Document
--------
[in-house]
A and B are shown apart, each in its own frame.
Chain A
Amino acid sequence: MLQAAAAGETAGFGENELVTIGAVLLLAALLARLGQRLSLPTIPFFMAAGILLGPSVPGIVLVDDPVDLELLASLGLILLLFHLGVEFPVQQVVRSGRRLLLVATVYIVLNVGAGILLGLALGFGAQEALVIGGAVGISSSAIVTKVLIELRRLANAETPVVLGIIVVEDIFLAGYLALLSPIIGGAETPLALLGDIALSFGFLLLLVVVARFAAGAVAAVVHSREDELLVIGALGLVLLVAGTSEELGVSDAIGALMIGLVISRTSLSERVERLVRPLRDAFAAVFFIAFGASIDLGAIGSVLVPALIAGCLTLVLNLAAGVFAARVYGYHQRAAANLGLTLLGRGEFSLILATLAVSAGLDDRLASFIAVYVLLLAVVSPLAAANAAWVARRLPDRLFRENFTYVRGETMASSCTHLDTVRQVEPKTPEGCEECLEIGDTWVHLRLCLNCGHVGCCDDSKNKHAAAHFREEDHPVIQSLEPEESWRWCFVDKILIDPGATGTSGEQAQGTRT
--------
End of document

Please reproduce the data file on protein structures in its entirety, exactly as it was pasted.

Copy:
[in-house]
A and B are shown apart, each in its own frame.
Chain A
Amino acid sequence: MLQAAAAGETAGFGENELVTIGAVLLLAALLARLGQRLSLPTIPFFMAAGILLGPSVPGIVLVDDPVDLELLASLGLILLLFHLGVEFPVQQVVRSGRRLLLVATVYIVLNVGAGILLGLALGFGAQEALVIGGAVGISSSAIVTKVLIELRRLANAETPVVLGIIVVEDIFLAGYLALLSPIIGGAETPLALLGDIALSFGFLLLLVVVARFAAGAVAAVVHSREDELLVIGALGLVLLVAGTSEELGVSDAIGALMIGLVISRTSLSERVERLVRPLRDAFAAVFFIAFGASIDLGAIGSVLVPALIAGCLTLVLNLAAGVFAARVYGYHQRAAANLGLTLLGRGEFSLILATLAVSAGLDDRLASFIAVYVLLLAVVSPLAAANAAWVARRLPDRLFRENFTYVRGETMASSCTHLDTVRQVEPKTPEGCEECLEIGDTWVHLRLCLNCGHVGCCDDSKNKHAAAHFREEDHPVIQSLEPEESWRWCFVDKILIDPGATGTSGEQAQGTRT